If you’re composing a chargeback rebuttal letter to a bank, a couple of things have already happened to get you there. A customer disputed a purchase with their bank, claiming fraud, that they actually made. Though their bank charged the purchase back, you have proof that the transaction was legit, and you are taking action to reclaim that revenue. Welcome to the world of representment, where your success or failure hinges on said rebuttal letter. Rebuttals are a very important revenue recovery tool, so let’s make sure you’re doing it right.


Your rebuttal letter is a summary of your argument against a chargeback; it is commonly compared to a cover letter to a resumé. You explain why you believe the chargeback is unwarranted and point out the evidence that proves this. It’s the first thing that the staff deciding your case will read, and here is what they should see right away at the top:

  1. The chargeback reason code.
  2. The transaction amount and authorization number (ARN.)
  3. A no-nonsense summary of evidence that proves transaction is legit.

Let’s say you got a Visa chargeback with reason code 13.1: goods not received. You’ll put that reason code, the transaction amount and authorization number, and state that the chargeback is wrong because there is a delivery confirmation to the cardholder’s address on page 2 of this letter. You might continue to add the product was subsequently registered by the cardholder, and provide that on page 3 of your letter. That’s really it: identify the transaction, the chargeback reason, and all the evidence that proves your case.

Rebuttal letters should follow the “reverse pyramid” format used by journalists: information is presented in order of importance. Once you’ve lead with the most convincing data, follow up with some helpful contextual information as well. Even if it’s not your most compelling evidence to validate your transaction, you should always include the following information in your letter:

  • Merchant name and location
  • Transaction date
  • Merchant location/website
  • Description of goods or services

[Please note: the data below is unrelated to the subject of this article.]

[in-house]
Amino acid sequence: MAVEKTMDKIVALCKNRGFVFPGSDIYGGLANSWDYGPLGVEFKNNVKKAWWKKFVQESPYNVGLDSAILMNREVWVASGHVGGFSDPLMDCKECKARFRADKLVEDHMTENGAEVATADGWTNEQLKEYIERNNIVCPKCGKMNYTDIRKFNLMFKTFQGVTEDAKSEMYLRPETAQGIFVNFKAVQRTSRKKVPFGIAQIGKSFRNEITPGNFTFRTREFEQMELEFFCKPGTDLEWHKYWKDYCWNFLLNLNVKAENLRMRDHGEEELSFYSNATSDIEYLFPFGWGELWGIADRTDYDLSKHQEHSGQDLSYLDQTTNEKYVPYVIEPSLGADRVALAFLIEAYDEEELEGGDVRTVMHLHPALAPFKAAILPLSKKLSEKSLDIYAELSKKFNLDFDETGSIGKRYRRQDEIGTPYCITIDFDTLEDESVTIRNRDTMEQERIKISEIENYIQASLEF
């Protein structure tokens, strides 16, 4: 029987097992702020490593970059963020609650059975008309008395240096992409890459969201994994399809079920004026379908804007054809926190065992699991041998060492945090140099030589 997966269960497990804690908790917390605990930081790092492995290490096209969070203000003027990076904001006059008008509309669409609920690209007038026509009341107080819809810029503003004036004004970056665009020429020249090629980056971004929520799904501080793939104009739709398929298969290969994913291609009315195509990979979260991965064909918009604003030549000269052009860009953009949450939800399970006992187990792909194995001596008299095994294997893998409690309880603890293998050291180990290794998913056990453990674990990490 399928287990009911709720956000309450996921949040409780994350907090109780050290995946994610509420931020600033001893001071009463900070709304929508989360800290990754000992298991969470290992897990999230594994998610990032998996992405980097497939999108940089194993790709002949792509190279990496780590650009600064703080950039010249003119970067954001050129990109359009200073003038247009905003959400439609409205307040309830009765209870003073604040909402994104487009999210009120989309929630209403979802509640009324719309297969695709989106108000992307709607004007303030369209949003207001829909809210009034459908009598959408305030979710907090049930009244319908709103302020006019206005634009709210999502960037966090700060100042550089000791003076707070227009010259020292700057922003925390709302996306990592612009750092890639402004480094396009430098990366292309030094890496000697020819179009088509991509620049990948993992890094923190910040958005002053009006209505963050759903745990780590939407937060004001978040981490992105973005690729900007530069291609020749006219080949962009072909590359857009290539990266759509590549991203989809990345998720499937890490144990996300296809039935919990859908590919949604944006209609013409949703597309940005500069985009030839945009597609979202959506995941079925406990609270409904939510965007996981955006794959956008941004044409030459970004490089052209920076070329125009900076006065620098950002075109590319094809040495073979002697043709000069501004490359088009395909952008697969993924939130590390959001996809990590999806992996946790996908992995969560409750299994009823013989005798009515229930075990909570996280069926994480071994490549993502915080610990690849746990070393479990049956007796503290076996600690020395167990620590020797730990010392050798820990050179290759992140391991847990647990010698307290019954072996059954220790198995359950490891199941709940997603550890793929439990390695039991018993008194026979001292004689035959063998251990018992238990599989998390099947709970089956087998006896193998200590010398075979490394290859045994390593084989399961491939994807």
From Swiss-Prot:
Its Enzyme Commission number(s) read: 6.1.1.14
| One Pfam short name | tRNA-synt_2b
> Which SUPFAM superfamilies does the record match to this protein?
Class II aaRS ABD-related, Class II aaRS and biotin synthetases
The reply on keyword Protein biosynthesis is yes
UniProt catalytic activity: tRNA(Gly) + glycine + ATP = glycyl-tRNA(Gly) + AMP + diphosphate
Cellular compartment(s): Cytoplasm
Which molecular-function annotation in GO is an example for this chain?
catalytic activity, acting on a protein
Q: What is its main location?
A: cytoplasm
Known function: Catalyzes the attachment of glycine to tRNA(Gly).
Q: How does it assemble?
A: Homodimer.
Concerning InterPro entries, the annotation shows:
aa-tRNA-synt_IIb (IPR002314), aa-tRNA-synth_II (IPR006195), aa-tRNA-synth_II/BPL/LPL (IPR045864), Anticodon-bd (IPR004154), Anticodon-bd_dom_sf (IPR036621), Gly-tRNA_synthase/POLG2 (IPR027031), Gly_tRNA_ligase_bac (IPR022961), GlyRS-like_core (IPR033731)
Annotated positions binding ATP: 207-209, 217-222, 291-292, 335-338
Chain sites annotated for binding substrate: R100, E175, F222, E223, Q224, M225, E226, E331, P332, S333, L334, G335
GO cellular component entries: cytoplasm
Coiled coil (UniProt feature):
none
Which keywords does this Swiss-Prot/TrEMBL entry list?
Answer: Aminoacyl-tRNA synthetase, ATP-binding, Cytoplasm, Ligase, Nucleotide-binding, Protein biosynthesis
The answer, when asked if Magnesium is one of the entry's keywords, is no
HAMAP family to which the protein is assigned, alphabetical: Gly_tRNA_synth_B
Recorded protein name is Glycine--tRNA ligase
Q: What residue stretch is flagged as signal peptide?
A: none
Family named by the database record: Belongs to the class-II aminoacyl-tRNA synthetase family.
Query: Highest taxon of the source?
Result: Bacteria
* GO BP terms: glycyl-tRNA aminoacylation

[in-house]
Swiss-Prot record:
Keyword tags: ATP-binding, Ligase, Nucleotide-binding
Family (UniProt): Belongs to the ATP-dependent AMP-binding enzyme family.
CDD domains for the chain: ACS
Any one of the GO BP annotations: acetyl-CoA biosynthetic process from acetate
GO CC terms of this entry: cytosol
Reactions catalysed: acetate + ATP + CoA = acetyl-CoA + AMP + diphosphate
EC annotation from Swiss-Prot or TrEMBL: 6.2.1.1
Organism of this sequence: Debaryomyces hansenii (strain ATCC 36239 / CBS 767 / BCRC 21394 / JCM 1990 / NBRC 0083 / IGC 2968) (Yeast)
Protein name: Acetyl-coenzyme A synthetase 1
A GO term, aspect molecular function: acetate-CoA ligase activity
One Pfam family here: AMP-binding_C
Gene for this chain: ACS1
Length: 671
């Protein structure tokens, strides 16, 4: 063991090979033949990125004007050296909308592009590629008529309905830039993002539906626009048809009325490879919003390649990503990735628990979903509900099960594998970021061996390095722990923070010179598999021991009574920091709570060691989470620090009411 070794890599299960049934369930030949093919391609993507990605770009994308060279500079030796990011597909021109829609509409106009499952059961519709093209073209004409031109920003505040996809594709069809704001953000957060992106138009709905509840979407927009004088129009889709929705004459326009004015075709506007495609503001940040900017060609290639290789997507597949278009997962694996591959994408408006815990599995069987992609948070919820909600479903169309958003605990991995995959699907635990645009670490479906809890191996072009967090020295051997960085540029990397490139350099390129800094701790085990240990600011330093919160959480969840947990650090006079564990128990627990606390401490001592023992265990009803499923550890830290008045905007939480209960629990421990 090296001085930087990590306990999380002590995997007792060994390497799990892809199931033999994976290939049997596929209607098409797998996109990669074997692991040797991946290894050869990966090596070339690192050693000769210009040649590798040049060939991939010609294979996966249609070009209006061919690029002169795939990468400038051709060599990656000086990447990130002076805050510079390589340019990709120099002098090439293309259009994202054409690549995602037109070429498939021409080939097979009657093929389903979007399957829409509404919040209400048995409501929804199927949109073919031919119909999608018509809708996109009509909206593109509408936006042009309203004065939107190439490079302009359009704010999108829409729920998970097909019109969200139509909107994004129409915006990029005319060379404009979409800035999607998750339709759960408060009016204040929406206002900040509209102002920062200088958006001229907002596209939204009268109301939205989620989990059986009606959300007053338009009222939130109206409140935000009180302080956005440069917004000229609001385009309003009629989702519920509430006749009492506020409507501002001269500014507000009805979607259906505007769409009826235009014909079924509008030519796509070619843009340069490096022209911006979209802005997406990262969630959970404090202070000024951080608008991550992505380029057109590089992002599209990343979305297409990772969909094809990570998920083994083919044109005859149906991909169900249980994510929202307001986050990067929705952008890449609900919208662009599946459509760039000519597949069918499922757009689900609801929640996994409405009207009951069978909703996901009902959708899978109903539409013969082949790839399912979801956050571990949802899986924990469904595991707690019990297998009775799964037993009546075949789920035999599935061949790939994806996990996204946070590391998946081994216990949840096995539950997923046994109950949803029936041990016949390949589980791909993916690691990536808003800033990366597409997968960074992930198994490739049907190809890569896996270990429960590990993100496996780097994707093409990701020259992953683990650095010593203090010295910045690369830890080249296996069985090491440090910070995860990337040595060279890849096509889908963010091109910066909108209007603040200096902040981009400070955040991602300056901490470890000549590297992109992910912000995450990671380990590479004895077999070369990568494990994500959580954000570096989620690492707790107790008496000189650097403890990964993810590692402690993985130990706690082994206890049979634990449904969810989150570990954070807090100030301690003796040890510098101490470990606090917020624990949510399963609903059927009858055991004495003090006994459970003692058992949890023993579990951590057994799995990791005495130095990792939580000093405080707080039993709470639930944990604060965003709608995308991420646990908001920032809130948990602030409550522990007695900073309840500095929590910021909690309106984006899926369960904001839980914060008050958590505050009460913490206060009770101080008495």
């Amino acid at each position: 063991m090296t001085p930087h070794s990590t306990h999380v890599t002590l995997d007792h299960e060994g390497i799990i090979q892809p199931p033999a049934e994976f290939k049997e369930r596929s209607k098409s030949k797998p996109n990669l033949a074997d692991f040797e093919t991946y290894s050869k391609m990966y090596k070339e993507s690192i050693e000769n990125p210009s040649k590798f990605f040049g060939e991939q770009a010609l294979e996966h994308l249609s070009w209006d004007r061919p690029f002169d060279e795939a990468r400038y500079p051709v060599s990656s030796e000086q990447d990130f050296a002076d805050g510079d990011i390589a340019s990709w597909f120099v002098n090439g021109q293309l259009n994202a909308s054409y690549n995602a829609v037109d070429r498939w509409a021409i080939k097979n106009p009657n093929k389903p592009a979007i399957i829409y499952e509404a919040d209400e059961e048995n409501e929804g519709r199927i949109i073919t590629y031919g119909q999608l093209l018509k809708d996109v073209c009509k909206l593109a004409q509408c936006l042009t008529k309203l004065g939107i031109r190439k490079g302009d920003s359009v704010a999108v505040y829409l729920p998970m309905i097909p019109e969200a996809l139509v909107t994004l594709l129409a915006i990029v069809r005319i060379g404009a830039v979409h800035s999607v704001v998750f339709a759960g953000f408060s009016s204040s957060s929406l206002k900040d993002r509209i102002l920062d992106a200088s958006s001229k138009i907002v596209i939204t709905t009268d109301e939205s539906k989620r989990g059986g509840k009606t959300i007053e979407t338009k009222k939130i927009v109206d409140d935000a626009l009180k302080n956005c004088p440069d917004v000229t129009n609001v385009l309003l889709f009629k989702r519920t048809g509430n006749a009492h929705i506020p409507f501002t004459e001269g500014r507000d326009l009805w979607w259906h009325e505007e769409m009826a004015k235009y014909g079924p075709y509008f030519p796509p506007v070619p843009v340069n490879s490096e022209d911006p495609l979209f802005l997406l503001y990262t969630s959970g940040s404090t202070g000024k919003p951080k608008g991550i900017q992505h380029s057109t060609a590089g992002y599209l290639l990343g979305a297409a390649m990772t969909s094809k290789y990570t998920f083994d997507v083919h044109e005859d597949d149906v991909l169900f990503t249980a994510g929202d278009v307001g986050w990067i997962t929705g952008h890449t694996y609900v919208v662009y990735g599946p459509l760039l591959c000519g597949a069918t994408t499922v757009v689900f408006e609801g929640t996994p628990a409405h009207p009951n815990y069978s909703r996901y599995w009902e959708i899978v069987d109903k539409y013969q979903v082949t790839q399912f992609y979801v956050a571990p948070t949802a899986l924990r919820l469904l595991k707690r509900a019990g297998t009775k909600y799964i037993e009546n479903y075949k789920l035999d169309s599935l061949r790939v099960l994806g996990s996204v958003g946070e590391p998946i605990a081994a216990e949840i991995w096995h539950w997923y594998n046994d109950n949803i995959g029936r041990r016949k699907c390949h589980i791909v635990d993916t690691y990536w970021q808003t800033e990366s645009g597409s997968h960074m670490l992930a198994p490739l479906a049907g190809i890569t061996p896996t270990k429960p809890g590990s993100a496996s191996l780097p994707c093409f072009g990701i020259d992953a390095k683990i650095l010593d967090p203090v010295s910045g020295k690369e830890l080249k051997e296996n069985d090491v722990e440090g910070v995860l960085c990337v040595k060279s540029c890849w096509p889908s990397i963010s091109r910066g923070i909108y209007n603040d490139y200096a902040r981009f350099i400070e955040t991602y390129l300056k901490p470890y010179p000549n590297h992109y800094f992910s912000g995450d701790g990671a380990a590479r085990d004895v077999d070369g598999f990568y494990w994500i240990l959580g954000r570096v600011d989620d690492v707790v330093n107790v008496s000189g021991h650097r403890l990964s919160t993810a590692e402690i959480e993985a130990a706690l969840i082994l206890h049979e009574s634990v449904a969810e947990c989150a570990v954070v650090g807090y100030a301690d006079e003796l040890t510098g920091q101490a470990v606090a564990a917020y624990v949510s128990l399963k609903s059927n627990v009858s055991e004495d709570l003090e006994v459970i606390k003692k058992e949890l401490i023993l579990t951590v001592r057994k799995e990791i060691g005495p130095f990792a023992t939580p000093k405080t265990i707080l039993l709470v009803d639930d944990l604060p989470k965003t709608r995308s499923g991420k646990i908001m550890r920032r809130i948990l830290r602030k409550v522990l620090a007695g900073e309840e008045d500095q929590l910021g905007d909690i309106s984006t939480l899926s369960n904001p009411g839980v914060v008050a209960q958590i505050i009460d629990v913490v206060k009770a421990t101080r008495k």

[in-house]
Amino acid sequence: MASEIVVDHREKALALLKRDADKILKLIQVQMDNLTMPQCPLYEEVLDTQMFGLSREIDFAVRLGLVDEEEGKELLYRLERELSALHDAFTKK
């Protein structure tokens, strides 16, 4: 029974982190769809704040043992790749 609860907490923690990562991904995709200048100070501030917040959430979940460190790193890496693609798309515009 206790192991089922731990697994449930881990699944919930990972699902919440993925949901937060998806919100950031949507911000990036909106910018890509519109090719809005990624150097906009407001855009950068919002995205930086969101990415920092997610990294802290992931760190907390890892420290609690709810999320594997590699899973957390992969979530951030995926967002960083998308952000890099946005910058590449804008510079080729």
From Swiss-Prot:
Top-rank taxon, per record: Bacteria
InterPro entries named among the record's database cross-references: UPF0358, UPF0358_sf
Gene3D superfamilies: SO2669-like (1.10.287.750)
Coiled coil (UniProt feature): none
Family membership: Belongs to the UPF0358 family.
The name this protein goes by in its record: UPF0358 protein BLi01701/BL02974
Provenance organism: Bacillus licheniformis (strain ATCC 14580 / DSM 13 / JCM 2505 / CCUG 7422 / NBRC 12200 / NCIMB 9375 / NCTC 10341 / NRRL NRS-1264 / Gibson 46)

• Payment Card last 4 and card brand
  • Transaction amount, with applicable transaction currency symbol
  • Authorization code (ARN number)
  • Cardholder signature, if applicable
  • Return/refund policy


Anytime you get a chargeback where you have proof it was unwarranted, you should re-present the transaction with a chargeback rebuttal. This should always be your course of action when dealing with friendly fraud chargebacks. Friendly fraud means the purchase was made by the cardholder, and they either forgot about the purchase or they’re trying to pull a fast one on you. Either way, it’s your revenue. NEVER let these cases slide.


Like all letters, consider your audience. Your chargeback rebuttal letter is submitted to your acquiring bank, but ultimately goes before the card-issuing bank that initiated the chargeback. The issuer will decide whether to overturn the chargeback or let it stand.

The person reviewing your letter is reading dozens of these letters every day — make their life easier! You don’t need to go into any details that do not support your case. Get right to the point, and point right to the evidence they need to overturn the chargeback.


Every transaction leaves a trail of evidence that you can submit to prove your sale was legitimate. What’s most effective will vary depending on the merchant, product and circumstances. However, there are some general examples of highly effective evidence you can provide:

  • Delivery Confirmations: As mentioned before, this is the dagger to the heart of any “Product not delivered” chargeback, especially when the delivery address matches the billing address.
  • Matching IP Addresses: Likewise, if the ordering IP address matches with the cardholder’s address, your case is looking very convincing to the bank.
  • Customer Service Logs: Keep a log for all contacts with their number, email and/or IP address. If the customer called you at any point, or logs in to their account or to access your products, you can show that as evidence of purchase.
  • Purchase History: Friendly fraud is often committed by existing customers. If the cardholder has purchased from you in the past, this helps your case, so point it out.
  • Consistent Device IDs: You can capture ordering device ID from the metadata of any visitor to your online point-of-sale. If that device is consistent with other undisputed purchases, the issuer can see that, so include it in your letter.


The chargeback rebuttal letter is your ticket to revenue recovery. If you suspect a chargeback is unwarranted, in any way whatsoever, you should re-present the transaction with a rebuttal. These letters should be clear and concise, wasting no time to point right to the evidence that proves your case.

With ChargebackHelp Plus, rebuttal letters are a cinch! Our Recover module features a representment wizard that compiles all of your transaction data automatically. You can customize each letter, optimize templates from previous successful submissions, and never have to track down transaction data again. We put it all together for you. If you want to recover more revenue from friendly fraud, contact us today. Send us an email, call us at 1.800.975.9905 or contact us here.